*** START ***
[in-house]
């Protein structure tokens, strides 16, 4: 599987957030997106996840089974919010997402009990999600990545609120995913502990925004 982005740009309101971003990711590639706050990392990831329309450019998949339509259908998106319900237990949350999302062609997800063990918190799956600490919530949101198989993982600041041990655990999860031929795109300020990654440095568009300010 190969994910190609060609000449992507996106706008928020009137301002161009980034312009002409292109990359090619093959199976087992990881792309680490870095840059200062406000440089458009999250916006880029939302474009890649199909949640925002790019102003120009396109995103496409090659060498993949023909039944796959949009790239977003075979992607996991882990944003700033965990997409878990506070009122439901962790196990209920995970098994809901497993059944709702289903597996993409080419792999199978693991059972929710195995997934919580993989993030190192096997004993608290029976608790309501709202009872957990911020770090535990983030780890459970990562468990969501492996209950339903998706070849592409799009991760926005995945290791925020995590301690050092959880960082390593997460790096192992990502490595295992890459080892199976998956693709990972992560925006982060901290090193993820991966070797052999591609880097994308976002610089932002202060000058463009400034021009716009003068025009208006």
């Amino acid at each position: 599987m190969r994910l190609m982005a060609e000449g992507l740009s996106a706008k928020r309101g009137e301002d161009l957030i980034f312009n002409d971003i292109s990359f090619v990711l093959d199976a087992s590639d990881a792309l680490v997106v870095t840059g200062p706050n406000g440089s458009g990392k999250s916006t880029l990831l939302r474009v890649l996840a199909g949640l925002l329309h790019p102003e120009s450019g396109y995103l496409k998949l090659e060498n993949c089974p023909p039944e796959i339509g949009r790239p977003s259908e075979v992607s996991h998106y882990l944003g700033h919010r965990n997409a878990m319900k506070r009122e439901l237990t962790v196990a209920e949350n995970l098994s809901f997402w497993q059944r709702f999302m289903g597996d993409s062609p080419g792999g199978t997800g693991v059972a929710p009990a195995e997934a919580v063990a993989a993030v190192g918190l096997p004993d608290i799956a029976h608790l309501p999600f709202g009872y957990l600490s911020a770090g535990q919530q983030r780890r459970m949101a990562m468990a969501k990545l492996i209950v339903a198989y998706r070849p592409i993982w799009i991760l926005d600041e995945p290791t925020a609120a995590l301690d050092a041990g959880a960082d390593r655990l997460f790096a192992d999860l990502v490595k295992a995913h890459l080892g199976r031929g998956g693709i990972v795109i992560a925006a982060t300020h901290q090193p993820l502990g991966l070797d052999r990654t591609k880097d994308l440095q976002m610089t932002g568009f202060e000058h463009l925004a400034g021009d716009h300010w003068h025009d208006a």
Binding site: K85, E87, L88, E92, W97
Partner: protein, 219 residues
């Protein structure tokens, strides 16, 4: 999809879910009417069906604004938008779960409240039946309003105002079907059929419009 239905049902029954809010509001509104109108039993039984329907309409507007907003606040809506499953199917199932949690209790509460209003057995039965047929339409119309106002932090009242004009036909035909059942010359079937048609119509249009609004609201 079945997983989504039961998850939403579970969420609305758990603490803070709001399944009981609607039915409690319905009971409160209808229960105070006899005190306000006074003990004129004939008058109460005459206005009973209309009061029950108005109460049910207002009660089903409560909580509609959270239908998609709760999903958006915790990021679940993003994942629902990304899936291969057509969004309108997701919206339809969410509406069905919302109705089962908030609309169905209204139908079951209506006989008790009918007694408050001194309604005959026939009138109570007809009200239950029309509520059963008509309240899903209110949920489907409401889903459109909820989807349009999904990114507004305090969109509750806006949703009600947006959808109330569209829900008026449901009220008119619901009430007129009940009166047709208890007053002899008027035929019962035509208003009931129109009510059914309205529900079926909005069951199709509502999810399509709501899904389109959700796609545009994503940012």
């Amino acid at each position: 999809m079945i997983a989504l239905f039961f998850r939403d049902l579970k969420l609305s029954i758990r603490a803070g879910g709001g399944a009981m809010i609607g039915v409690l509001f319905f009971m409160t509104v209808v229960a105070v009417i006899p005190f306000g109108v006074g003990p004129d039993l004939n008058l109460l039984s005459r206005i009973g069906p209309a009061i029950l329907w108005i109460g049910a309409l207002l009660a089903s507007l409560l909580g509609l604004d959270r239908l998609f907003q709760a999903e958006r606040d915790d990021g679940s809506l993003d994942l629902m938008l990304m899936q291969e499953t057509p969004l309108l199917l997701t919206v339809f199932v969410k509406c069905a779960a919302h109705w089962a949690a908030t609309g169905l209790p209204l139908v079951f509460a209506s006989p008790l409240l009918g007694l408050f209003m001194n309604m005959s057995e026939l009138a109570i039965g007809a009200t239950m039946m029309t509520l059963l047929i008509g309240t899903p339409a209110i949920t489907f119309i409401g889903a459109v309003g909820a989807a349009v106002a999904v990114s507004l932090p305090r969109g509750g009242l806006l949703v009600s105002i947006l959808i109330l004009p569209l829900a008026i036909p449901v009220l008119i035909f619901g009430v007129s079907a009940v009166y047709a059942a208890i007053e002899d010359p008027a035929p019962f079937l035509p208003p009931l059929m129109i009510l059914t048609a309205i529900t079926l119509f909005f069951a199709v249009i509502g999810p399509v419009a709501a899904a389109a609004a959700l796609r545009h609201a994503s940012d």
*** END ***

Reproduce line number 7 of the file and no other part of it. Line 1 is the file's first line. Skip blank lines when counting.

């Amino acid at each position: 999809m079945i997983a989504l239905f039961f998850r939403d049902l579970k969420l609305s029954i758990r603490a803070g879910g709001g399944a009981m809010i609607g039915v409690l509001f319905f009971m409160t509104v209808v229960a105070v009417i006899p005190f306000g109108v006074g003990p004129d039993l004939n008058l109460l039984s005459r206005i009973g069906p209309a009061i029950l329907w108005i109460g049910a309409l207002l009660a089903s507007l409560l909580g509609l604004d959270r239908l998609f907003q709760a999903e958006r606040d915790d990021g679940s809506l993003d994942l629902m938008l990304m899936q291969e499953t057509p969004l309108l199917l997701t919206v339809f199932v969410k509406c069905a779960a919302h109705w089962a949690a908030t609309g169905l209790p209204l139908v079951f509460a209506s006989p008790l409240l009918g007694l408050f209003m001194n309604m005959s057995e026939l009138a109570i039965g007809a009200t239950m039946m029309t509520l059963l047929i008509g309240t899903p339409a209110i949920t489907f119309i409401g889903a459109v309003g909820a989807a349009v106002a999904v990114s507004l932090p305090r969109g509750g009242l806006l949703v009600s105002i947006l959808i109330l004009p569209l829900a008026i036909p449901v009220l008119i035909f619901g009430v007129s079907a009940v009166y047709a059942a208890i007053e002899d010359p008027a035929p019962f079937l035509p208003p009931l059929m129109i009510l059914t048609a309205i529900t079926l119509f909005f069951a199709v249009i509502g999810p399509v419009a709501a899904a389109a609004a959700l796609r545009h609201a994503s940012d």